Saturday, February 6, 2010

I Can't Quit You

When should one quit a TV show?  I never regretted ditching Happy Days after Richie went on to direct movies.  I have regretted moving on from West Wing when it apparently got good again.  I stopped watching Heroes this year--and I probably should have stopped two or three seasons ago.  Just downhill after the first season but I resisted mightily until I lost track of the number of sharks jumped. I stopped watching ER after a doctor got hit by a falling helicopter, if I remember correctly.  Or it may have been the series of plots in Africa.  I did watch the finale and enjoyed it.  Same with Prison Break--stopped watching, but the finale was good enough

I ask myself this now, not just because I posted about shark-jumping indirectly yesterday, but because I watched a two-hour Smallville episode that focused on an old super-group--the Justice Society of America.  It was clunky as the linked review suggests, but it also moved away from the main plot of the year--Zod.  The show has been going downhill for the past few years--especially after losing Lex Luthor, his father, and Martha Kent.  Makes the show cheaper, but lost some of the more interesting folks who could spin good or bad plotlines in interesting ways.  Last year's Doomsday was actually an ok plotline for the season, but this year's Zod?  Well, all I want to do is kneel before him instead of watching this plot.  I am nearly out the door.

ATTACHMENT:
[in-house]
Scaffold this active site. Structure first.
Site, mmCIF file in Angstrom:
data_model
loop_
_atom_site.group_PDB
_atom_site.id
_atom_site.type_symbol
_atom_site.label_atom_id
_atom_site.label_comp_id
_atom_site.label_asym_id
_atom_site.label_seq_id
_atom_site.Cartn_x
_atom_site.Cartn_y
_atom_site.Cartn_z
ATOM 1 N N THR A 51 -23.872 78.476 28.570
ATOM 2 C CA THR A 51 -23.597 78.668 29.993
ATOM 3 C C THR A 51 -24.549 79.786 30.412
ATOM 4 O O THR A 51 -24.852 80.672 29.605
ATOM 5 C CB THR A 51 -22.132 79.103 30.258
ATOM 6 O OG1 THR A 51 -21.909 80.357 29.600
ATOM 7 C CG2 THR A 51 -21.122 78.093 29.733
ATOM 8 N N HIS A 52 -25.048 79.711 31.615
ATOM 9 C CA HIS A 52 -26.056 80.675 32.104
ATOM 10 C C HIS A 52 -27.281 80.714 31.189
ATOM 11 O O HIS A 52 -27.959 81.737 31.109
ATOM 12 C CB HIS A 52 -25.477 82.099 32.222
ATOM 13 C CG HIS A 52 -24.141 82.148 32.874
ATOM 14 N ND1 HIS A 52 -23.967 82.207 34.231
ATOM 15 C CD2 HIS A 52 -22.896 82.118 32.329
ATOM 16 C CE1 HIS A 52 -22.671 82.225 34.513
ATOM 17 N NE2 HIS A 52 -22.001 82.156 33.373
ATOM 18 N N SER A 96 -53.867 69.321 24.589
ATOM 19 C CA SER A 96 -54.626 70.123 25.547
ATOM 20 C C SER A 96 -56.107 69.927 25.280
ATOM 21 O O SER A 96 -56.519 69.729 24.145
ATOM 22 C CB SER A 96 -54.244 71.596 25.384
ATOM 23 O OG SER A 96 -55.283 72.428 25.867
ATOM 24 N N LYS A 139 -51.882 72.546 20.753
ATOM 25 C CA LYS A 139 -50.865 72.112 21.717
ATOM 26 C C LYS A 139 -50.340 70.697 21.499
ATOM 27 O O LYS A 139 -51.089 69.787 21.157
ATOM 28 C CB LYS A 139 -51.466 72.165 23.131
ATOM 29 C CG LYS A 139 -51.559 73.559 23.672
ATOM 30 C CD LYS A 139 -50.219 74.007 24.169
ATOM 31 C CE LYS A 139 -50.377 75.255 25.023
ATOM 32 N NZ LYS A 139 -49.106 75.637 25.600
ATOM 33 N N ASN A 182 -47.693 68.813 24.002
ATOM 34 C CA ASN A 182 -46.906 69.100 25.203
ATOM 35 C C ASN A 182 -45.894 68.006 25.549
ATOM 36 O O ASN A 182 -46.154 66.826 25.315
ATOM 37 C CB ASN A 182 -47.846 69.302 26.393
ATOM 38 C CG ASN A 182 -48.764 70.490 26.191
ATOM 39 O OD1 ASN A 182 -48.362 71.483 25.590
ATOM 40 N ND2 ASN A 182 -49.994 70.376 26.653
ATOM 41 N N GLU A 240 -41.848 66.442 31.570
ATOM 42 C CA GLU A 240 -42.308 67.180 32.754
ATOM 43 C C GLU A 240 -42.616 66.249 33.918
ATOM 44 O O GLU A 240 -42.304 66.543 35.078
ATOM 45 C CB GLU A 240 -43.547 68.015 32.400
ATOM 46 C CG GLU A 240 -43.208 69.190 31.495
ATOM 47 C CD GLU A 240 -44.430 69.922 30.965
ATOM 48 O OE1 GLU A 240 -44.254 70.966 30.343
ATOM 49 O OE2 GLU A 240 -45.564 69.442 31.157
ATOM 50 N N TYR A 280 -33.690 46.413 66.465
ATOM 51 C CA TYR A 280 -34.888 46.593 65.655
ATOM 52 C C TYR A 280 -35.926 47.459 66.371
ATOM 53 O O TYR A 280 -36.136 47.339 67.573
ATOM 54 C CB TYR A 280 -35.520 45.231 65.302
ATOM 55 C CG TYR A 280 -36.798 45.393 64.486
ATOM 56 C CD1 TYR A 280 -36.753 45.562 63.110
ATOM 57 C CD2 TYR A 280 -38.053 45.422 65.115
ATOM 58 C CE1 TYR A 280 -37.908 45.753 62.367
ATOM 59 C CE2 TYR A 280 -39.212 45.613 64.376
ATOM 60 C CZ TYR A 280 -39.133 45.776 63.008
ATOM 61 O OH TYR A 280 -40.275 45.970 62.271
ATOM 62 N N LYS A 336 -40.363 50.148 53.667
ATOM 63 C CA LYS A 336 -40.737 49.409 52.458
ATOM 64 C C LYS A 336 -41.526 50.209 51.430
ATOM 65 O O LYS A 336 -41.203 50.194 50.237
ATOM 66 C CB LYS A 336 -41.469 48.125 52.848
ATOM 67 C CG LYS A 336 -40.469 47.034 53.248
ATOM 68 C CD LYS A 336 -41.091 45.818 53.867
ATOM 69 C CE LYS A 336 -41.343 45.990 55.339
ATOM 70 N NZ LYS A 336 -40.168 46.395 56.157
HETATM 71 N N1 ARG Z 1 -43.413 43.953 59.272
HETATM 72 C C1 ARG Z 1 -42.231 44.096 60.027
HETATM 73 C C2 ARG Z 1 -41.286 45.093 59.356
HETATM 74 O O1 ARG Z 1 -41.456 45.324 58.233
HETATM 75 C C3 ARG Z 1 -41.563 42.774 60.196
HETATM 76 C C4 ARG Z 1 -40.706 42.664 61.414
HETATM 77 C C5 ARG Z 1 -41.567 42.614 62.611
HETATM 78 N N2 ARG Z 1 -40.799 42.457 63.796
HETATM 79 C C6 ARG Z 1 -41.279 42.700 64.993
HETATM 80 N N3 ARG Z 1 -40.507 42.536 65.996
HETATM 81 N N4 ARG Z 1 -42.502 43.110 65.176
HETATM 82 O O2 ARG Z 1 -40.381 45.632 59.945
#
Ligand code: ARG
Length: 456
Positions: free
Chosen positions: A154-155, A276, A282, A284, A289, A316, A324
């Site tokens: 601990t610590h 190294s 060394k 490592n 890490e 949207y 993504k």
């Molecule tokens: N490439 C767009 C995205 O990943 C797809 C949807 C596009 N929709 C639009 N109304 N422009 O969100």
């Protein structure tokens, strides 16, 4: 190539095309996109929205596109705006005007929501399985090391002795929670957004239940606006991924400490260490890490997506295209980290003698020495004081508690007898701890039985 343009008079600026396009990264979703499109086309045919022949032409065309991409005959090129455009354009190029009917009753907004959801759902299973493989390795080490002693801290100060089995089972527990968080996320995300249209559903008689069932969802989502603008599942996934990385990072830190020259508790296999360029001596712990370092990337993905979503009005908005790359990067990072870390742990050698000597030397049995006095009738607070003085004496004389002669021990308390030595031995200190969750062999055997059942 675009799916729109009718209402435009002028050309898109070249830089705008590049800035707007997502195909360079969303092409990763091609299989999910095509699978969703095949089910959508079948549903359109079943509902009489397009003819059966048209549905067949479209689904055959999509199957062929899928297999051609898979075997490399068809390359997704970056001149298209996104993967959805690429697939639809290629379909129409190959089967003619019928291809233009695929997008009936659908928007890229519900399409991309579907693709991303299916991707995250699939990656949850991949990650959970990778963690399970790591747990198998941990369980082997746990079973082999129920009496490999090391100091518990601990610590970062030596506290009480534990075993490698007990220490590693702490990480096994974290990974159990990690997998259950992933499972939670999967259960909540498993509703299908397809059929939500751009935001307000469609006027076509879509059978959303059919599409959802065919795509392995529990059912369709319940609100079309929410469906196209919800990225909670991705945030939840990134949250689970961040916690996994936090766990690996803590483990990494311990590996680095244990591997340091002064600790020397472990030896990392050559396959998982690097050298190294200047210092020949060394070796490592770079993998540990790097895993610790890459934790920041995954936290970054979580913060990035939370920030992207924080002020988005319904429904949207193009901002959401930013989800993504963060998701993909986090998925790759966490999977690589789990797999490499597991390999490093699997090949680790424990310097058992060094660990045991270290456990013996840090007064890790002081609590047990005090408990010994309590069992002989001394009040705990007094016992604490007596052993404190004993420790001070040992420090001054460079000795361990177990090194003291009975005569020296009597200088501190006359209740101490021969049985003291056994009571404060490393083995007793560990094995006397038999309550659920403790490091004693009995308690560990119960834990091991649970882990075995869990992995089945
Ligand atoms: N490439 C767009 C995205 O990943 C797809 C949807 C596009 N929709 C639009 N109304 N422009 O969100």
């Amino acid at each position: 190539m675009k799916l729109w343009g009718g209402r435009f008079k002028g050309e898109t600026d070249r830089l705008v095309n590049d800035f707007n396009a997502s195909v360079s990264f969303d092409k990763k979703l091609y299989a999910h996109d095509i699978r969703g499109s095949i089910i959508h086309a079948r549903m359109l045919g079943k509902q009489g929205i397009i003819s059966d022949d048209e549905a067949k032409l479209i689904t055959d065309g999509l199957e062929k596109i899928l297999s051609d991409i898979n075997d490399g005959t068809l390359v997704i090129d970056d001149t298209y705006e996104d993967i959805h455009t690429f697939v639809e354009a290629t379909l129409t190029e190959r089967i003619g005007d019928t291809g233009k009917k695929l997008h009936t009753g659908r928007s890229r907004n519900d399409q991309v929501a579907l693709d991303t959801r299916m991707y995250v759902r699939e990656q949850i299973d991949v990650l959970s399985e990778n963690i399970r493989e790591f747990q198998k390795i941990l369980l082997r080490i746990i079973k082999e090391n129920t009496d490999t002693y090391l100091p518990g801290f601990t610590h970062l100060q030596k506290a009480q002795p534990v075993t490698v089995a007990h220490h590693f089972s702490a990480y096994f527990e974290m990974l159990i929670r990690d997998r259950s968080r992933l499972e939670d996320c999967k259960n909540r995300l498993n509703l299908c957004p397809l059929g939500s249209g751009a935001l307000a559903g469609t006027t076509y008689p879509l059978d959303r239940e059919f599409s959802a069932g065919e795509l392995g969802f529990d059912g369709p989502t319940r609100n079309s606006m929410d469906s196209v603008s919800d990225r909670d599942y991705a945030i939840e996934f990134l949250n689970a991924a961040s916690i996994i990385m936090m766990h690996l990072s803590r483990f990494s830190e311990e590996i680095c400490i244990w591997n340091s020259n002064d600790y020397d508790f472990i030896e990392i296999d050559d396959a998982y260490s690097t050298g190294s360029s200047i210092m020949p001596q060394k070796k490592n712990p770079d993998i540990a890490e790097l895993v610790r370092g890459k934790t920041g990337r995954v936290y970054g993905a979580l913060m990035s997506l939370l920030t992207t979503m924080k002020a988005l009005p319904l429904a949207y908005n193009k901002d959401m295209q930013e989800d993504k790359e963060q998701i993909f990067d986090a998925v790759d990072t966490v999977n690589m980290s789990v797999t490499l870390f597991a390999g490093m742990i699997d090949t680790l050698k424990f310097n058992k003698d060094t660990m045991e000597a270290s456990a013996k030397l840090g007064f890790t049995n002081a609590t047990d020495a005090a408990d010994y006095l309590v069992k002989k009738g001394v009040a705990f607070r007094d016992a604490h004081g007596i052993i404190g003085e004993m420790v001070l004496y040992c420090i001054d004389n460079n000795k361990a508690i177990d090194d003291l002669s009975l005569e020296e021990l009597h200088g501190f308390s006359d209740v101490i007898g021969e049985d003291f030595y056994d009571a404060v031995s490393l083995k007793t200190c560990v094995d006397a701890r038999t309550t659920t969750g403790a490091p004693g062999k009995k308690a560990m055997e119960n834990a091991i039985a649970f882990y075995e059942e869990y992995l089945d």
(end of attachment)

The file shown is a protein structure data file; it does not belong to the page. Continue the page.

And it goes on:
So, what constitutes either a show-breaking shark jump or the point at which the downhill slide is either too far or irreversible  (despite Jack's assertion that nothing is irreversible)?
  • When characters do stuff that betrays the logic/past of their character.  Like when truly bad guys start doing good deeds because of a convenient mind-swipe (Heroes).
  • When the deus ex machina becomes so blunt that one can almost see the strings.  Like a helicopter crashing on a guy who already lost his arm to a helicopter (ER)
  • When a central character departs (Happy Days) or dies (John Ritter, Phil Hartman).  Shows can survive secondary characters taking off or dying (Cheers, MASH), but the replacement has to be good and have good chemistry.
  • When a younger child is added to the mix because the children in the cast have gotten older and less cute (Oliver in Brady Bunch).  Indeed, if the obnoxiously new kid takes away from the formerly young but now quite attractive older kids (Marcia, Marcia, Marcia), this is doubly dangerous.  The Cousin Oliver Syndrome even applies to animation--Scrappy Doo.
I actually do not see the two main characters having sex or getting married or both necessarily killing a show.  It can happen, but I do not think it is inevitable.

For more, see the wiki entry on Jumping the Shark, which includes this rule:
Another category, entitled simply Ted McGinley, usually includes any show that has featured McGinley in the cast. He has joined the casts of several popular shows after their zenith (The Love Boat, Happy Days, and Dynasty), earning him the titles of the "Patron Saint of Shark Jumping" and the "Grim Reaper of Television". Shows on which McGinley appeared from the start have, in most instances, been critically panned or canceled quickly. However, when he joined Married... with Children in 1991, the show stayed on for another six years.

Unfortunately, the handy website that contained a bunch of info about shark-jumping was sold to TV Guide and lost all of its content--jumping its own shark.

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